Statistical Analysis
Sample size number was calculated based on previous publications.11 Assuming a type I and II error of 0.05 in a 2-sided test, 27 HIV-infected patients treated with TDF-FTC and 27 treated with ABC-3TC were required to detect a statistically significant difference of ≥5 units of BMSi. The common SD was assumed to be 5.
We used 2-sample t tests and χ2 tests to compared quantitative and categorical variables, respectively, between HIV-infected individuals treated with TDF-FTC and those treated with ABC-3TC. We used multivariable linear regression modeling with backward stepwise variable selection to identify factors associated with BMSi. The variables included in the model at the first step of variable selection were, after locking age, sex and body mass index (BMI), treatment group, CD4 count, spine BMD, 25[OH]vitD, CTX, spine BMD, and total hip BMD. Any variable with P > 0.1 was eliminated from the model, and results with P < 0.05 (2-tailed) were considered statistically significant. Analyses were performed using Stata/IC 13.1.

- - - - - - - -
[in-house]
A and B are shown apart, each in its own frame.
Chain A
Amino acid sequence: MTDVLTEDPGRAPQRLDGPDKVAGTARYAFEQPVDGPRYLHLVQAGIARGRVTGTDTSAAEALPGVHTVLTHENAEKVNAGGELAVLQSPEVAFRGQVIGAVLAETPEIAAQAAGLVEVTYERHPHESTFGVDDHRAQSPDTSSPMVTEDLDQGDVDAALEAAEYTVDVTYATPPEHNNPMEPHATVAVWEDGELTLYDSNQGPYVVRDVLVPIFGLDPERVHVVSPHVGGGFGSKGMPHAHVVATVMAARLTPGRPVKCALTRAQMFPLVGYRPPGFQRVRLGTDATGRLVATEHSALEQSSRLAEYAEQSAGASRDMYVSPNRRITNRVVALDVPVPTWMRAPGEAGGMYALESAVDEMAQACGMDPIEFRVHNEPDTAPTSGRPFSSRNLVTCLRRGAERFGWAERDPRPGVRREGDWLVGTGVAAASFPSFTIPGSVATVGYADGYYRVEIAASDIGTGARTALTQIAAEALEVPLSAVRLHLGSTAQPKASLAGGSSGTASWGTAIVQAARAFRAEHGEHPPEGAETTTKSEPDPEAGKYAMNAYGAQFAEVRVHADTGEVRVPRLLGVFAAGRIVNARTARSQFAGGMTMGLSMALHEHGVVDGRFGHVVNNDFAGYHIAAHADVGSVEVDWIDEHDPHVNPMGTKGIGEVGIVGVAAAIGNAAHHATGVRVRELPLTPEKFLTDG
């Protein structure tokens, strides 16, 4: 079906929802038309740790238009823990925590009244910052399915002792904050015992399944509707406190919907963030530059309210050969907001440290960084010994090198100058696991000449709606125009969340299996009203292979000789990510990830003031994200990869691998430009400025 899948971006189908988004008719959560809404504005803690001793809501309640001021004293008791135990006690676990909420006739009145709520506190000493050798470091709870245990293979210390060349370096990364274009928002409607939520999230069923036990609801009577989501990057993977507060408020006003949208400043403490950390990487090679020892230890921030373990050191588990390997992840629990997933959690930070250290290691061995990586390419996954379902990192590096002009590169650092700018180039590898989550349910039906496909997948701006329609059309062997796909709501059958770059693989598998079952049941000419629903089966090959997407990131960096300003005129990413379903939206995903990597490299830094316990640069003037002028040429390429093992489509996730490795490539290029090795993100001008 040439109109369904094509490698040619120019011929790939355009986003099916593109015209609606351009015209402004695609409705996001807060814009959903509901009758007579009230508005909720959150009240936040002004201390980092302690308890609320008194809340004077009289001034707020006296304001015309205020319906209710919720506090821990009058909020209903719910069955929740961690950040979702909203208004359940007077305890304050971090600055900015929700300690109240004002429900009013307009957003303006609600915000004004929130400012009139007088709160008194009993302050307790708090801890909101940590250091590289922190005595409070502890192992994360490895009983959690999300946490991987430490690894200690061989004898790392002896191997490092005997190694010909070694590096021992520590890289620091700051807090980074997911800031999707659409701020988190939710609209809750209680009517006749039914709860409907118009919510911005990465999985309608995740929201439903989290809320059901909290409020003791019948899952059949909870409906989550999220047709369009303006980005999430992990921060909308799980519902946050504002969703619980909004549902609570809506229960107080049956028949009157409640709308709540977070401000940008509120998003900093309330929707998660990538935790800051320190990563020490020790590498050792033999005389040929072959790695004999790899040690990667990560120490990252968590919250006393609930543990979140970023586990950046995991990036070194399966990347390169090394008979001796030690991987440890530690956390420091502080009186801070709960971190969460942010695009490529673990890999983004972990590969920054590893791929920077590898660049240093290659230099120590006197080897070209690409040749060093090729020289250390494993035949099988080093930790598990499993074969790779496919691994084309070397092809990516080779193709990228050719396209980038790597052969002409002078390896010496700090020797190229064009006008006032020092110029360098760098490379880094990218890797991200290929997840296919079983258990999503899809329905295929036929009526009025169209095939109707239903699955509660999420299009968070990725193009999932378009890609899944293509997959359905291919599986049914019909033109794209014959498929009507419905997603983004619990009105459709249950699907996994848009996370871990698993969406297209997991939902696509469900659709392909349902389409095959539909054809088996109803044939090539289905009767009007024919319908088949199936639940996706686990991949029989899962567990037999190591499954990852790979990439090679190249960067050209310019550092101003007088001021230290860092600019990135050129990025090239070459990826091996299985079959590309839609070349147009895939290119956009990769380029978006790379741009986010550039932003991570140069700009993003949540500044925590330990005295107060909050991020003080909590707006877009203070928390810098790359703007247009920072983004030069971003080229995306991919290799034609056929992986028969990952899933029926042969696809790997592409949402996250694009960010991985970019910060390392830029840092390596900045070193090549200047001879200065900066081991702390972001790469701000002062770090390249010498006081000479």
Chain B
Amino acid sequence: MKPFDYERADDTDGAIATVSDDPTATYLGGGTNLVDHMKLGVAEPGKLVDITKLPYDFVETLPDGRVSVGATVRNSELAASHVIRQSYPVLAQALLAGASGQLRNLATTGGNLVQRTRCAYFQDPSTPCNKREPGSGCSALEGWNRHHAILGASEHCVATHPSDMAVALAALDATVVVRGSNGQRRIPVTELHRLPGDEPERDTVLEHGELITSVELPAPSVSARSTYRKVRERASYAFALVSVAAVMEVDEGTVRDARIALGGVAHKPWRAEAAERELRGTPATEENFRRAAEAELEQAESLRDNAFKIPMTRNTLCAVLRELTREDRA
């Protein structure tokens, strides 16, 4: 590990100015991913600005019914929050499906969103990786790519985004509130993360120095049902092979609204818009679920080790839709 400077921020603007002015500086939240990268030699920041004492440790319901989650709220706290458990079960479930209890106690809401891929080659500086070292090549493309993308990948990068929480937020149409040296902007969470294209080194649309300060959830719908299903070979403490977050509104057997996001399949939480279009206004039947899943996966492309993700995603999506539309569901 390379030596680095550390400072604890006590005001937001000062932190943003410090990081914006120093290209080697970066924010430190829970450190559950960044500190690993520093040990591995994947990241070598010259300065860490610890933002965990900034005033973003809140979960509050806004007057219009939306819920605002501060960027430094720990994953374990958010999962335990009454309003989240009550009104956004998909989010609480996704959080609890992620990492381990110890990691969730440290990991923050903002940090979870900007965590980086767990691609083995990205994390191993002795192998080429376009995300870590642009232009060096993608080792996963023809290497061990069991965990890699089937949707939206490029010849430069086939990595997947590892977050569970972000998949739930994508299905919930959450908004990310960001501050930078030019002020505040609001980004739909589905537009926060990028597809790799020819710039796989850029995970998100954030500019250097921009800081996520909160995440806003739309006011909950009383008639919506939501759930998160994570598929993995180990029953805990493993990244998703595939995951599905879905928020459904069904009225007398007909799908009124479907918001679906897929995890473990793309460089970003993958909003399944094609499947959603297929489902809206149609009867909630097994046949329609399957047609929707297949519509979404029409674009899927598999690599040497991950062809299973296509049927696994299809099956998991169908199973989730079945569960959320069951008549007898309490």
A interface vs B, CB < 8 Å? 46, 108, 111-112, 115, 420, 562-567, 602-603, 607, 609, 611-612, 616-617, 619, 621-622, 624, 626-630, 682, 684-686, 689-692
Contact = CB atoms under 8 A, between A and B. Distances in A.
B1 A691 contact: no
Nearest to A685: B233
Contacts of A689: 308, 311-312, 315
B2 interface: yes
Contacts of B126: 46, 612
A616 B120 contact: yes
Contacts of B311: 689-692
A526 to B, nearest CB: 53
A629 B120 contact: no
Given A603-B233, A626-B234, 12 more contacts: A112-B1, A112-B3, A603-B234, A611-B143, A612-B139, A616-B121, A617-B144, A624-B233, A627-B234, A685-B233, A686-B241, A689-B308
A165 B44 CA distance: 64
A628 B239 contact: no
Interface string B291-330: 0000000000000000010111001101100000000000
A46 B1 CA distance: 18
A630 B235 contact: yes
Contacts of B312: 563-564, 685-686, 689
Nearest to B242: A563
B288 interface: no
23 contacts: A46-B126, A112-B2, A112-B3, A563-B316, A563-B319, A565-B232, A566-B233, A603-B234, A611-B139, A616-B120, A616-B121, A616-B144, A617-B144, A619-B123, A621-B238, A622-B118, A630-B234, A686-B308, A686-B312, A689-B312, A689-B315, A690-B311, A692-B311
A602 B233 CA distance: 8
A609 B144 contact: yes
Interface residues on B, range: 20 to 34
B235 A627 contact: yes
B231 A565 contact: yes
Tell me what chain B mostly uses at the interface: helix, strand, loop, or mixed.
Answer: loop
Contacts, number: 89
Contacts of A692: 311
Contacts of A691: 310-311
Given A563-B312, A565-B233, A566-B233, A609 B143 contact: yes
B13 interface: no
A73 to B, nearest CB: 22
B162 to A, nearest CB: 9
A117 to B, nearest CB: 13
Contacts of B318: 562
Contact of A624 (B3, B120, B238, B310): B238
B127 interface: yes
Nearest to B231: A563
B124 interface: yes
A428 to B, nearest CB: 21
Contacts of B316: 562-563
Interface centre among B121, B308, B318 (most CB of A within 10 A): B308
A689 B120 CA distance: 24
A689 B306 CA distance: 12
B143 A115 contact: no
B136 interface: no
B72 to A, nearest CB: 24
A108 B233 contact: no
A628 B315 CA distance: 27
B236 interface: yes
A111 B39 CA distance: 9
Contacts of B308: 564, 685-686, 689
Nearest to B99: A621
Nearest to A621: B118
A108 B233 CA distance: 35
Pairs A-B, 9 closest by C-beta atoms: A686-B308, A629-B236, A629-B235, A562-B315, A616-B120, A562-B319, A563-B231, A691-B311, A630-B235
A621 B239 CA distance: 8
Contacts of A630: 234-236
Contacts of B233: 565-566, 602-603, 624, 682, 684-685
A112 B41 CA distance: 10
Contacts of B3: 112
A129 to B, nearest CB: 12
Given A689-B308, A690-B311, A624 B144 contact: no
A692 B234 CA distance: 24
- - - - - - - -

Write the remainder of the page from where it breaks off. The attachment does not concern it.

This study included a total of 63 patients between May 2015 and May 2016, of which 36 belonged to the TDF-FTC group and 27 to the ABC-3TC group. The mean ages of the TDF-FTC and ABC-3TC groups were 56.3 (SD = 6.2) and 63 (SD = 10), respectively (P = 0.0001). The median time after initiation of ART was 7.8 years (interquartile range, IQR = 3.2) in the TDF-FTC group versus 8.9 years (IQR = 3.4) in the ABC-3TC group (P = 0.086). No current or past differences in renal function were detected among groups. There were no differences in the use of protease inhibitor as a third drug in the TDF versus ABC groups [3 (8%) versus 2(7%); P = 0.893], respectively. Most demographic and clinical parameters were well balanced between the 2 groups (Table 1).